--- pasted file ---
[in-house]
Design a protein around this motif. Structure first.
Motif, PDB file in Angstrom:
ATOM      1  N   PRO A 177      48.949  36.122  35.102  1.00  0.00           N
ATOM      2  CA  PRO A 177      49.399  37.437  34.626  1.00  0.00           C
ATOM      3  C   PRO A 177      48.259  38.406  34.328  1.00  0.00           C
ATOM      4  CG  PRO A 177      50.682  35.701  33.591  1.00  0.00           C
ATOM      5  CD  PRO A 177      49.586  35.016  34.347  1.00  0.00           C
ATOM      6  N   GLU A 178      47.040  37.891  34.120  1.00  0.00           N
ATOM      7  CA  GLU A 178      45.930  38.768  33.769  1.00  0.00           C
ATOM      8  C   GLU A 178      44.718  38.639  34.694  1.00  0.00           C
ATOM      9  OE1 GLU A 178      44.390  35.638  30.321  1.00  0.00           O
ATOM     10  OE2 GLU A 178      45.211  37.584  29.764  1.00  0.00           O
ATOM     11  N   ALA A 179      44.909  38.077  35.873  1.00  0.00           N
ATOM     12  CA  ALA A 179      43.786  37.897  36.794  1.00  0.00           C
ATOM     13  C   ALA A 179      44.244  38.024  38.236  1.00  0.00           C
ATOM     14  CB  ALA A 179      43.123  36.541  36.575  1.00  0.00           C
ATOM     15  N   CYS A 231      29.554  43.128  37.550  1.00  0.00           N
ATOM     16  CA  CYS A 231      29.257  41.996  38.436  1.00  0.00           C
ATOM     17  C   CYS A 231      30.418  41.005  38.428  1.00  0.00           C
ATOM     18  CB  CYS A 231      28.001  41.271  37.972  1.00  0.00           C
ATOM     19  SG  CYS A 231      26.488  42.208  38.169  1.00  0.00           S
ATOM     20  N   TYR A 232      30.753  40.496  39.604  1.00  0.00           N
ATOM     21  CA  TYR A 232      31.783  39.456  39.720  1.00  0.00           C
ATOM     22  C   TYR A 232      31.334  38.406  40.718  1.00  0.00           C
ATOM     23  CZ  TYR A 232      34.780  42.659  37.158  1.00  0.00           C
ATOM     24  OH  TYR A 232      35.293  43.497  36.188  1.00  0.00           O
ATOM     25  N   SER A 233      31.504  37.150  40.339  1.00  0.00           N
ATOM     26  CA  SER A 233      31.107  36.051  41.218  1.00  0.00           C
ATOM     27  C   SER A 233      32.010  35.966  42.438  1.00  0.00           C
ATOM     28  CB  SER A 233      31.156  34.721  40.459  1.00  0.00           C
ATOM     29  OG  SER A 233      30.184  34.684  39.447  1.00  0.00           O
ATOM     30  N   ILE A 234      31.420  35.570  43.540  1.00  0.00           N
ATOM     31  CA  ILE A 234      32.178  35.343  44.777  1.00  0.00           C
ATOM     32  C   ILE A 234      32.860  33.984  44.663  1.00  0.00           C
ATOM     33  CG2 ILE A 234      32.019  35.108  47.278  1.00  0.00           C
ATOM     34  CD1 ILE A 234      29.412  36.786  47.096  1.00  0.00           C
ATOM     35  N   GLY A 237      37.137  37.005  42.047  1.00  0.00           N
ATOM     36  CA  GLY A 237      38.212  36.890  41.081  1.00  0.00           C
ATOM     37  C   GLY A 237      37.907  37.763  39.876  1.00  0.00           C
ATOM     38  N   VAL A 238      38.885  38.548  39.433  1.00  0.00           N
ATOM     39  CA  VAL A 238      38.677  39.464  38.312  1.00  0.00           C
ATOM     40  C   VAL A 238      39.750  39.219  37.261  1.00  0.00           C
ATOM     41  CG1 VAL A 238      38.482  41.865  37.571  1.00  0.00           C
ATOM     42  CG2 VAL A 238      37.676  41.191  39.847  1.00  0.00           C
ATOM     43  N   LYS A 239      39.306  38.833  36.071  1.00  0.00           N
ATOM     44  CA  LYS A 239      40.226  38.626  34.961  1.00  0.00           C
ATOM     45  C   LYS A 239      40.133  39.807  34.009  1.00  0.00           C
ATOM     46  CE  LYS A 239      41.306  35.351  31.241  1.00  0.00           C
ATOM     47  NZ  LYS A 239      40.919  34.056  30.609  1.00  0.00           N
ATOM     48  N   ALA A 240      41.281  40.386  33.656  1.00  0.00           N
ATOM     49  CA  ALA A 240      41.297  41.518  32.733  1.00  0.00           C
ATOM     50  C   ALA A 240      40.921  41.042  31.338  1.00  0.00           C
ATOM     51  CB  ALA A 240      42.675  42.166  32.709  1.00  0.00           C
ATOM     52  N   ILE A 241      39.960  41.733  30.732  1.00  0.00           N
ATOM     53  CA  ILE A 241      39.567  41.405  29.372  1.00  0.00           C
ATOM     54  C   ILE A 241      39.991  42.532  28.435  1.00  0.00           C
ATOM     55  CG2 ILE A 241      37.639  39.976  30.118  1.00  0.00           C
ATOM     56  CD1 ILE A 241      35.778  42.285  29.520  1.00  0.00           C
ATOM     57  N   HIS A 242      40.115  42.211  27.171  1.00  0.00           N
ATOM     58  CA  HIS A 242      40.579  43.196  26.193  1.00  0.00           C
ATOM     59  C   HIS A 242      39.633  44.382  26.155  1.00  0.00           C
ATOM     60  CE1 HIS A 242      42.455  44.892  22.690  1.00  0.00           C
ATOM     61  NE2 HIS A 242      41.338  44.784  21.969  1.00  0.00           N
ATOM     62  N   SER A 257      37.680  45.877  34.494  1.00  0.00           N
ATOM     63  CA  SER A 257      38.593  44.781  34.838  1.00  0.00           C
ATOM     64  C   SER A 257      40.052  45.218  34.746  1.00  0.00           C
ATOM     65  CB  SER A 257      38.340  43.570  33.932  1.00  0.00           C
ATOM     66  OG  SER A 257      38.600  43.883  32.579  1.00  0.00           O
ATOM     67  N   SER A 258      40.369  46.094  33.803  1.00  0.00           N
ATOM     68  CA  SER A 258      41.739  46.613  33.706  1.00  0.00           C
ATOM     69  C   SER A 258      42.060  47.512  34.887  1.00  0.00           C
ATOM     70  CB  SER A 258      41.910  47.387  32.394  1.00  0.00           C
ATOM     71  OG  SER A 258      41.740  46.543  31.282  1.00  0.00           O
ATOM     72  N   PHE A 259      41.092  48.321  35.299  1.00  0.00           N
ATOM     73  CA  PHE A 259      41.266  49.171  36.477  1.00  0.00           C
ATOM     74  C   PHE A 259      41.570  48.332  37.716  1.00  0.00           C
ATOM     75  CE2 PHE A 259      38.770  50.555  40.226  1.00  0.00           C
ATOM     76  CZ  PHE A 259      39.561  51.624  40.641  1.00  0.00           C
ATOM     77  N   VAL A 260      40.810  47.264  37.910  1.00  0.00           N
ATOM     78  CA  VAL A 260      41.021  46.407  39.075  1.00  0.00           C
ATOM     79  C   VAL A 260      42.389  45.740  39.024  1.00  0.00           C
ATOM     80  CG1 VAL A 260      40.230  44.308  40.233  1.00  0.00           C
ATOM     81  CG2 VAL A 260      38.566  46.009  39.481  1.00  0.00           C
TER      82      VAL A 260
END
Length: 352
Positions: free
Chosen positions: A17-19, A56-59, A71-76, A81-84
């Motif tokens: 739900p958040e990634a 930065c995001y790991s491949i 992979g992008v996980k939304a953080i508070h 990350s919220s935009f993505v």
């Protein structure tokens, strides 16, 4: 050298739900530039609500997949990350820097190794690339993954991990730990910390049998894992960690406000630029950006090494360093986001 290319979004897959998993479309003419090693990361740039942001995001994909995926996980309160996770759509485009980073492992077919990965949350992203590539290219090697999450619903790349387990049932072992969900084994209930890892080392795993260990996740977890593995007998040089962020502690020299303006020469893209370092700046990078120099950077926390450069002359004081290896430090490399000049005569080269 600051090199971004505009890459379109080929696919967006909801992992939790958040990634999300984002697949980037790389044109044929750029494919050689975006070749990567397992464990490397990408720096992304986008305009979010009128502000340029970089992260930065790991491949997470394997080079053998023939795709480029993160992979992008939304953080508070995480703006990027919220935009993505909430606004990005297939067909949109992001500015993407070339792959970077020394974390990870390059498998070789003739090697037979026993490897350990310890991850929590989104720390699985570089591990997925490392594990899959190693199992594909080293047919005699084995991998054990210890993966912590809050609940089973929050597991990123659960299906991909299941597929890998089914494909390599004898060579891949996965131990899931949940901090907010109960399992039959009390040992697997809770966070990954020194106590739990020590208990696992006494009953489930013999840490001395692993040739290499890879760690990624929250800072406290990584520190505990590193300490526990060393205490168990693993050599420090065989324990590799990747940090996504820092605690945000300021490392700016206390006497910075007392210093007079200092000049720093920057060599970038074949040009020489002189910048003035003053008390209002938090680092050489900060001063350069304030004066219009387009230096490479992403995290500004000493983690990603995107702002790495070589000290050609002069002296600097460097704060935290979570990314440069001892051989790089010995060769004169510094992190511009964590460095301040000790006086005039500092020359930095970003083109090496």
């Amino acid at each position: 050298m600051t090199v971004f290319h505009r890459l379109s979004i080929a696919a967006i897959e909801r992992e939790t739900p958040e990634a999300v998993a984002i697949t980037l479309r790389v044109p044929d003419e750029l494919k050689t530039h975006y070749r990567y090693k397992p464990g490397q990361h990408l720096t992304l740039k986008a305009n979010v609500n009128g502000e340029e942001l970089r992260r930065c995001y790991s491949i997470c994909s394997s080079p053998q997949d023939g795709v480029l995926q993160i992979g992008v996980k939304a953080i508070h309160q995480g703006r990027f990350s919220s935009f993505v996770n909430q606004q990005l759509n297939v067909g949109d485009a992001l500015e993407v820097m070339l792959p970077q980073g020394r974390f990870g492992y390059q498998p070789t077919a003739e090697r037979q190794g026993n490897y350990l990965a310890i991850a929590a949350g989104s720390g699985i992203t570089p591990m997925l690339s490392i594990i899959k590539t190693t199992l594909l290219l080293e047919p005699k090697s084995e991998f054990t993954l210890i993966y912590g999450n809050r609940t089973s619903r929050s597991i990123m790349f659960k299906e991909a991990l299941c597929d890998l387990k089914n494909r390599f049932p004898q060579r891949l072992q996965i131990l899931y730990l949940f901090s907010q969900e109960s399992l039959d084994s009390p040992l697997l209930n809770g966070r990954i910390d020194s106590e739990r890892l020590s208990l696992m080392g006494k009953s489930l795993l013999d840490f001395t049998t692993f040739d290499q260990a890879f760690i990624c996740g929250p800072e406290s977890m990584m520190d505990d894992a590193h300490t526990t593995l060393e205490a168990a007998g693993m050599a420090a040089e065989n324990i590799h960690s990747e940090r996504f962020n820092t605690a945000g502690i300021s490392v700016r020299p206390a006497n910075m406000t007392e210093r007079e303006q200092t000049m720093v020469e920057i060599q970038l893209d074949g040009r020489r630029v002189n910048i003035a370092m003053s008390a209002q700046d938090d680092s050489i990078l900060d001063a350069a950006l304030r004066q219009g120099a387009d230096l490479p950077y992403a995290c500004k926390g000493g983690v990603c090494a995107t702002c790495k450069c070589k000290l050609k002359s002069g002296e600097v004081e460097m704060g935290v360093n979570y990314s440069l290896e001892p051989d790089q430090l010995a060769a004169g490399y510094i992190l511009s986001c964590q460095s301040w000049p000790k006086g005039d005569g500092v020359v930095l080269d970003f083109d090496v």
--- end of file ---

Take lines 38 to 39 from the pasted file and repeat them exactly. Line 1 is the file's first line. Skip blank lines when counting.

ATOM     35  N   GLY A 237      37.137  37.005  42.047  1.00  0.00           N
ATOM     36  CA  GLY A 237      38.212  36.890  41.081  1.00  0.00           C